Hot summer days draw us to new adventures on the open road and in the great outdoors. While that's fun, it also presents new challenges to domestic tranquility: long days trapped in family cars, batteries that die miles from the nearest outlet, and damage to devices we drag to pools and woods.
Luckily, technology is rising to the occasion with answers to the unique tests of summer. Here are some gadgets that can help us, and themselves, survive the wilds of warm weather:
In-car salvation. Day-long drives can put asunder the happiest family amid complaints of "Are we there yet?" While nothing quiets the backseat revolt better than kids' movies spinning happily on a DVD player, few of us had the foresight and budget to buy the expensive systems installed at the factory. The good news is that cheaper portable sets do the job just as well. Many even come with multiple screens that conveniently strap to the back of a seat, putting them at just the right level for a child watching from a booster seat. Expect to pay about $150 for a model with two screens. And add a few dollars more for headphones.
Portable models can also go along on plane rides, in which tablet-style players fit best on a lap or an airplane's drop-down table. Be careful, though, as not all models come with a battery, or one that packs enough juice to last through a coast-to-coast flight. Most come with an adapter that can be plugged into a car's 12-volt outlet (where the cigarette lighter plugs in), which adds to the clutter that piles up on a long trip but can keep the player going indefinitely. Prices for single-screen models with a decent battery and power adapter start at about $100.
Dunkproof digital. Falling prices for good digital cameras mean increasingly affordable models that can endure a drop in the pool while adding fun with underwater snapshots. The pricetag usually reflects how deep the camera can go without damage. A variety of good cameras that can go 10 feet deep are made by major manufacturers.
Besides enduring a dunking, many of the waterproof cameras are also ruggedized to withstand a drop from young (or old) hands. How far they can fall without damage varies with price. A basic model that can sink 10 feet underwater might handle a 5-foot fall. A more expensive version might handle a 7-foot fall and 30 feet of water.
(Sometimes what you want is an instant photo, which suddenly are everywhere.)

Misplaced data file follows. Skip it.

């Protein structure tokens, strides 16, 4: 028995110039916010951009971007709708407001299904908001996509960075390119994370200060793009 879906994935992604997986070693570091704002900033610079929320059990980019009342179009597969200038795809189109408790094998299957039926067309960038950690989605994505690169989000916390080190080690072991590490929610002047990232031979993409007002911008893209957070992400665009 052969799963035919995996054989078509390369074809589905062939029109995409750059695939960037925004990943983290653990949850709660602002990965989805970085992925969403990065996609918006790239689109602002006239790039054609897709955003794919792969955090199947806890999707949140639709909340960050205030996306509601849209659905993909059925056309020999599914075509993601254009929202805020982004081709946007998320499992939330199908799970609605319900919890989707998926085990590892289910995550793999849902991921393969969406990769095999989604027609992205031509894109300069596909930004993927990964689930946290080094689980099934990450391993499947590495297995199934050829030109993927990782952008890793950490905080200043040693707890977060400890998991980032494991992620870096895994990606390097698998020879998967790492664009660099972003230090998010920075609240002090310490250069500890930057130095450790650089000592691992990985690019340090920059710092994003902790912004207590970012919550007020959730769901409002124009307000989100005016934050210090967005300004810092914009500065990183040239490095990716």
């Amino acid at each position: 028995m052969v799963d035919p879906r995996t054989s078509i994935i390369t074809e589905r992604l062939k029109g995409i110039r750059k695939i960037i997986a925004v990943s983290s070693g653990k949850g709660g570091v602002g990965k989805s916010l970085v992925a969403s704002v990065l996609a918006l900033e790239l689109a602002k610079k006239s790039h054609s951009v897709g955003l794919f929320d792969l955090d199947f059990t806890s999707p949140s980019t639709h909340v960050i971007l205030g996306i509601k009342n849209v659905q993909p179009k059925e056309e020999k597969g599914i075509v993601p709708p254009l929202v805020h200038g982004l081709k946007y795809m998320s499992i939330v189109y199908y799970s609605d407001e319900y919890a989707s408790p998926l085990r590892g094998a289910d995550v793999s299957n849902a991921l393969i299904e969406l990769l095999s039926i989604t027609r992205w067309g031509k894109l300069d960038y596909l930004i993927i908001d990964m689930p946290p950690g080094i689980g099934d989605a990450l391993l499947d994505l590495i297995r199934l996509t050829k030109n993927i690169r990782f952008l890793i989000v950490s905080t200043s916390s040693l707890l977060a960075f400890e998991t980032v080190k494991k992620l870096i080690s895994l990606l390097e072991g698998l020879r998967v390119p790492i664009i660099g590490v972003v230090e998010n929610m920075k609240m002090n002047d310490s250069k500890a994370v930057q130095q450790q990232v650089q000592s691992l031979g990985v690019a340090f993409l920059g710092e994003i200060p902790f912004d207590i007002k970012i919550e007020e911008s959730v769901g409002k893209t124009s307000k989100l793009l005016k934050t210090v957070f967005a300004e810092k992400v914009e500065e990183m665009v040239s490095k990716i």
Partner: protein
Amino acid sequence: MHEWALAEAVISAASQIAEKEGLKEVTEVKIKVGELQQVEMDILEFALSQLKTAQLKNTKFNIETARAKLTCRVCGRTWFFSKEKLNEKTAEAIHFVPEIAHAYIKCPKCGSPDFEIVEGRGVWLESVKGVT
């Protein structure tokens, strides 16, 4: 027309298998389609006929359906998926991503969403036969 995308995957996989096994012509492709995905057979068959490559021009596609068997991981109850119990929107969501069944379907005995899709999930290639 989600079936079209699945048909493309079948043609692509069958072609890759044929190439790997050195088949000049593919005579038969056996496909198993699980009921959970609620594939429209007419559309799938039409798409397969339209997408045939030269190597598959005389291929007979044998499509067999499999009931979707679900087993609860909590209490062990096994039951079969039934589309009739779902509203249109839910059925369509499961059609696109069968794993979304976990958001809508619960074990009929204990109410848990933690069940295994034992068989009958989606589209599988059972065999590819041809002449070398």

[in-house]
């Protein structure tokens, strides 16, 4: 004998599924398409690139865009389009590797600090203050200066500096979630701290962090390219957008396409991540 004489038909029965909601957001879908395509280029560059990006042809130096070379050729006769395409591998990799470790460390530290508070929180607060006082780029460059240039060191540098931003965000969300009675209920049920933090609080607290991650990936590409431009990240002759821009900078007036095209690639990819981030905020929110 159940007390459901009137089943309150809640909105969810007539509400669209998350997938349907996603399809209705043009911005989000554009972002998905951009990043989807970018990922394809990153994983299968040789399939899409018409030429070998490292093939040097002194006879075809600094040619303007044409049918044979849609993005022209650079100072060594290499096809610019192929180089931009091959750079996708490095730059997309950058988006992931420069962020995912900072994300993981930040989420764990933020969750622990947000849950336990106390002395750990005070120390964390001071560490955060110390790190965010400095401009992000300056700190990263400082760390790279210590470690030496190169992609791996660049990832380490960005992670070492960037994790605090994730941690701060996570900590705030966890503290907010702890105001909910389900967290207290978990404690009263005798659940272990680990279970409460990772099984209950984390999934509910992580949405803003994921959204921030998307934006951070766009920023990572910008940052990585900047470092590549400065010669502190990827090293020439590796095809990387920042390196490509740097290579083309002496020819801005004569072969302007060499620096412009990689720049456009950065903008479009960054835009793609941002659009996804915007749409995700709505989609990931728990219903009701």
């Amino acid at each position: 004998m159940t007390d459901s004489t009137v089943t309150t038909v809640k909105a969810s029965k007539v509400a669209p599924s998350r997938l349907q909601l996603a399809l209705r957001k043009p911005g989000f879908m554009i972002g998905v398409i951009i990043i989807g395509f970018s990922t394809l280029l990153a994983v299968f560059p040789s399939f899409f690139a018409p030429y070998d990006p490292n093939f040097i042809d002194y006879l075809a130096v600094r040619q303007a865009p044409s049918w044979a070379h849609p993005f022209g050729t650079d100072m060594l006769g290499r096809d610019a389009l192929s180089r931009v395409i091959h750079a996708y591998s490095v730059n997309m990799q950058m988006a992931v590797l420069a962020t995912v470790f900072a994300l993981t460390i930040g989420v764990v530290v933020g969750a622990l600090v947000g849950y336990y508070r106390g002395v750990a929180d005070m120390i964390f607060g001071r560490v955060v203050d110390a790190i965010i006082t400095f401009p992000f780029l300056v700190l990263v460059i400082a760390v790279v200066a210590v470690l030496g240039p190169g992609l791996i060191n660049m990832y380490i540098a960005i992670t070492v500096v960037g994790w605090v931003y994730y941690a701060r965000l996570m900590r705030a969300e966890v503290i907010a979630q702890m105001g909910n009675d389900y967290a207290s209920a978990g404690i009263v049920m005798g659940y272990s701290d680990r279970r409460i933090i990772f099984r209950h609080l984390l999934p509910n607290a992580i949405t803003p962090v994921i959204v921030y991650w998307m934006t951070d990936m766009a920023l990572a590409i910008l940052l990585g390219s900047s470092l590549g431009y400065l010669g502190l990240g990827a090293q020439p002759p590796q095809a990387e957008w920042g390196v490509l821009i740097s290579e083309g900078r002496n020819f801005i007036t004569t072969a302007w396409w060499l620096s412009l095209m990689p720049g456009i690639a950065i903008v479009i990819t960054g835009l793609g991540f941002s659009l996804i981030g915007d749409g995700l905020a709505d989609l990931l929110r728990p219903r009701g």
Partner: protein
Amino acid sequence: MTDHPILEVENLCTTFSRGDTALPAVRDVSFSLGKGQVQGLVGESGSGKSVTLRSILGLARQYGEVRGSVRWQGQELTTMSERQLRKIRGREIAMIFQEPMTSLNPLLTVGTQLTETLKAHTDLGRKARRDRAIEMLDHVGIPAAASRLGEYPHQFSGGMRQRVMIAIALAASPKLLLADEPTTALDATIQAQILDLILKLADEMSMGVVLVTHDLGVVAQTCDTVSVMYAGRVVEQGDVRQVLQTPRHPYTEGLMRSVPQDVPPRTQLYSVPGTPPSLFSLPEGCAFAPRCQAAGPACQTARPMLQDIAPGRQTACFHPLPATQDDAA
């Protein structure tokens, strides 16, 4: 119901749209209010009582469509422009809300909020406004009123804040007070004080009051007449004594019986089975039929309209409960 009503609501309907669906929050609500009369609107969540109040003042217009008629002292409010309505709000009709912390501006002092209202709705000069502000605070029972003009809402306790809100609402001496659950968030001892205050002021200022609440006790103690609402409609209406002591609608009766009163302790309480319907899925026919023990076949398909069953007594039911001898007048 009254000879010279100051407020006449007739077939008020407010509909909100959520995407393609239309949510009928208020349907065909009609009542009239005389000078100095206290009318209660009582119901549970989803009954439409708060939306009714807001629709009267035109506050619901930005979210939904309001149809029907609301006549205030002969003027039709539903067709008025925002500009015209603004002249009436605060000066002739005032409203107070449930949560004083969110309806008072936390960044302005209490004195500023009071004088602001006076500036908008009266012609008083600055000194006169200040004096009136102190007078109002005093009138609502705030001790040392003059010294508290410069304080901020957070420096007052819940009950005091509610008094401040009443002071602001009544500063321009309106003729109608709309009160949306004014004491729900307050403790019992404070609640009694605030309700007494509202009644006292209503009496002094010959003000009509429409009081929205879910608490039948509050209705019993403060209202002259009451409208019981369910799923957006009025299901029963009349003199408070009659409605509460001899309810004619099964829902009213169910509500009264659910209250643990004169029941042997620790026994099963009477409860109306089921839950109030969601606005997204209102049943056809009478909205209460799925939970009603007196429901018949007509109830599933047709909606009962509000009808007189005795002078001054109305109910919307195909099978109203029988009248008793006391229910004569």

Quieter cutting. One of the more unpleasant tasks of summer can be a little less painful with cordless lawnmowers. Their rechargeable batteries do away with the nasty fumes that accompany conventional gas-powered models. They are lighter to push and quieter on the ears, with engines that sound more like a loud fan than a car with a broken muffler. They also require less maintenance with no spark plugs and oil to change.
These mowers cost more, with pricetags that start at about $350, or about twice the cost of a comparable gas-powered model. They also are usually narrower than gas models, with a typical width of 19 inches, versus 22 inches. That may not sound like much, but it can make a difference on a big lawn. The cordless models are best for smaller yards: A single charge can usually groom about a third of an acre, or less if the grass is high or wet. Some manufacturers offer an optional spare battery that's easy to drop in for bigger jobs.
Geocache fun. While adults started the geocaching craze, in which trinkets and other booty lie hidden in boxes among rocks and bushes along trails and in parks, it's kids that have special enthusiasm for the treasure hunt. But entrusting them with Dad's GPS-capable smartphone or dashboard receiver is a high-risk endeavor. Luckily, toughened and inexpensive GPS devices—for $80 or less—are now on the market that can better survive the trek.
Some GPS trackers designed for young hands ease the chase with built-in software that makes it push-button simple to begin tracking thousands of nearby geocaches already loaded in the device's memory. The electronic trackers can also help young users find their way back to where they started. But the small gadgets aren't meant for navigating streets, and their tiny screens are best for young eyes.